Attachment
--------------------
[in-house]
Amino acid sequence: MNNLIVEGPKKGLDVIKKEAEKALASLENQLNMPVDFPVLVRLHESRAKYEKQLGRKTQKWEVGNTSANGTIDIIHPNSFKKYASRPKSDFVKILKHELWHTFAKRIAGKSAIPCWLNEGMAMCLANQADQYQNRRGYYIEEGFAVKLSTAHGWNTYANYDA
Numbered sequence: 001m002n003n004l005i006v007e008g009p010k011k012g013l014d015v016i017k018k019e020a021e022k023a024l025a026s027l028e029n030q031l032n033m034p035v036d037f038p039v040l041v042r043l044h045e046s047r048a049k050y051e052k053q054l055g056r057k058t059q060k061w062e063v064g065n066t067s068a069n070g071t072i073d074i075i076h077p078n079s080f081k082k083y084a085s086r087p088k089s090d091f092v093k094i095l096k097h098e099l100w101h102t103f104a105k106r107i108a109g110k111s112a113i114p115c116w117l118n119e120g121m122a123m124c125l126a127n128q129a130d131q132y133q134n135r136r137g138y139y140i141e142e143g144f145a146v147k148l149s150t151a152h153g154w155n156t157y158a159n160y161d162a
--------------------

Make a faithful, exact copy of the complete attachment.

[in-house]
Amino acid sequence: MNNLIVEGPKKGLDVIKKEAEKALASLENQLNMPVDFPVLVRLHESRAKYEKQLGRKTQKWEVGNTSANGTIDIIHPNSFKKYASRPKSDFVKILKHELWHTFAKRIAGKSAIPCWLNEGMAMCLANQADQYQNRRGYYIEEGFAVKLSTAHGWNTYANYDA
Numbered sequence: 001m002n003n004l005i006v007e008g009p010k011k012g013l014d015v016i017k018k019e020a021e022k023a024l025a026s027l028e029n030q031l032n033m034p035v036d037f038p039v040l041v042r043l044h045e046s047r048a049k050y051e052k053q054l055g056r057k058t059q060k061w062e063v064g065n066t067s068a069n070g071t072i073d074i075i076h077p078n079s080f081k082k083y084a085s086r087p088k089s090d091f092v093k094i095l096k097h098e099l100w101h102t103f104a105k106r107i108a109g110k111s112a113i114p115c116w117l118n119e120g121m122a123m124c125l126a127n128q129a130d131q132y133q134n135r136r137g138y139y140i141e142e143g144f145a146v147k148l149s150t151a152h153g154w155n156t157y158a159n160y161d162a